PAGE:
I thought Bailey was a quite useful plot enhancer since he actually displayed and voiced emotions that many people would have in that situation, all while trying to keep a brave face. And yet hearing Bailey go off was somehow a bit humorous. I had always hoped Bailey or a Bailey-like character would return in the original Star Trek, but I don't think that happened.

rebroth1 karma

Was it a hard decision to add videos as a daily feature? When was the first video featured on apod?

APOD_AMA1 karma

Fake answer: Yes, but "hard decision" is my middle name. OK, names.

Real answer: It seems December 31, 1996, was the first "video APOD" according to the APOD archive. Here it is: http://apod.nasa.gov/apod/ap961231.html . It was a "moving GIF", the type that are becoming more popular again these days. It was really small because of the limited bandwidth most people had back then. We've struggled with different movie formats over the years, and now usually just embed YouTube of Vimeo videos, although there is some uneasiness over what happens if that content is over-commercialized or even deleted over copyright squabbles. (See, for example: http://apod.nasa.gov/apod/ap110418.html).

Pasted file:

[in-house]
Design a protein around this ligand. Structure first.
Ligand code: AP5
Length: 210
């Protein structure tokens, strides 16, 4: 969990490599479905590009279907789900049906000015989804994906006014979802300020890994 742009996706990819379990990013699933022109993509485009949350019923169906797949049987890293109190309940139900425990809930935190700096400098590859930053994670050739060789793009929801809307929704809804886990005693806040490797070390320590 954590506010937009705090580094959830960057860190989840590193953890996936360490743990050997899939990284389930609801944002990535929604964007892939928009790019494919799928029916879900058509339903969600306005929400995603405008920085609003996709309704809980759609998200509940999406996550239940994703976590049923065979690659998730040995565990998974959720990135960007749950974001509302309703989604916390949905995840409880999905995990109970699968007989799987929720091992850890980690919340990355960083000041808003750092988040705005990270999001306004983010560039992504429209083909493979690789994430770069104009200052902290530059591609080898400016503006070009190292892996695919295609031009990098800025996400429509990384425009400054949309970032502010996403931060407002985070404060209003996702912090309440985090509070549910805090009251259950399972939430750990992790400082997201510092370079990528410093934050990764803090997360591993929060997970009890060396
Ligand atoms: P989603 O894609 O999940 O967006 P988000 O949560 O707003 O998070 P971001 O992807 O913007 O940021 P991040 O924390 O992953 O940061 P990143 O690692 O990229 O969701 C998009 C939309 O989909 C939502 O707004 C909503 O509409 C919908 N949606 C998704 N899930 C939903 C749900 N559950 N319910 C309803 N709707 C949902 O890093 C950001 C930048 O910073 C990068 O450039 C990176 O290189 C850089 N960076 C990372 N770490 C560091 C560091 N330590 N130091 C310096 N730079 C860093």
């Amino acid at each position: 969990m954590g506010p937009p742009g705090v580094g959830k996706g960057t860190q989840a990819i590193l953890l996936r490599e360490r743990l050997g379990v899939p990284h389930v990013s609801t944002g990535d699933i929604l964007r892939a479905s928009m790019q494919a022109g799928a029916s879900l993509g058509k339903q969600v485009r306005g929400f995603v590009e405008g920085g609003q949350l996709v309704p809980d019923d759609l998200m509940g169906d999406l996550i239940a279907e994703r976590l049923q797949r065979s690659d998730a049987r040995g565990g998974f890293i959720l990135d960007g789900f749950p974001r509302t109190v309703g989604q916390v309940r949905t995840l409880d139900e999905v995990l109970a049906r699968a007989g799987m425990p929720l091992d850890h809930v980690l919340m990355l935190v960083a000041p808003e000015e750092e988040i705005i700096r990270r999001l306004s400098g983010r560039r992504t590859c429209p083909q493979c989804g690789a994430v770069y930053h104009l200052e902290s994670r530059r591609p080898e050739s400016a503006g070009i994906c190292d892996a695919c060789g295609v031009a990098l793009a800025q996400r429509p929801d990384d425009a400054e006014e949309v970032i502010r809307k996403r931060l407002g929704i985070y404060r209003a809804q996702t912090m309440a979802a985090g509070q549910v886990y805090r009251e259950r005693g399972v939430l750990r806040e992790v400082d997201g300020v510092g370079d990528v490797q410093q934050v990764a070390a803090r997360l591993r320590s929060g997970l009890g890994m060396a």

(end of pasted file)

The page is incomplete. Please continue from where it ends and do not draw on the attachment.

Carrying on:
oogface1 karma

Why do stars only come in blue, white, yellow and red? Why don't we see green or violet stars?

Edit: Forgot yellow

APOD_AMA1 karma

Fake answer: OK look, we only have pictures of three stars around here -- blue, white, and red. Moreover, the Photoshop palette thingy has disappeared and nobody can figure out how to get it back. So when we compose all of these APOD pictures, we are presently limited to blue, white, and red stars. So please let's pretend green and violet stars don't exist for now.

Real answer: Stars usually have colors related to their temperatures. A star can have almost any temperature with hotter stars emitting more blue light than cooler stars. Also, the net star color you see is a mix of many colors. Stars can therefore appear very many colors, with white really being a nearly equal combination of all visible colors. Wikipedia has a good write-up: http://en.wikipedia.org/wiki/Black-body_radiation . But yes, even given this, most stars do appear, mostly, blue, white, or red. Well and orange, too.

marilynness1 karma

First, i would just like to say that you are an awesome person as well as inspiration, and when i go to get my masters from Michigan Tech (because i will) i would love to meet you. Thank you for APOD!

Till then, a few questions

  1. What do you think is the most important direction for astrophysics in the future?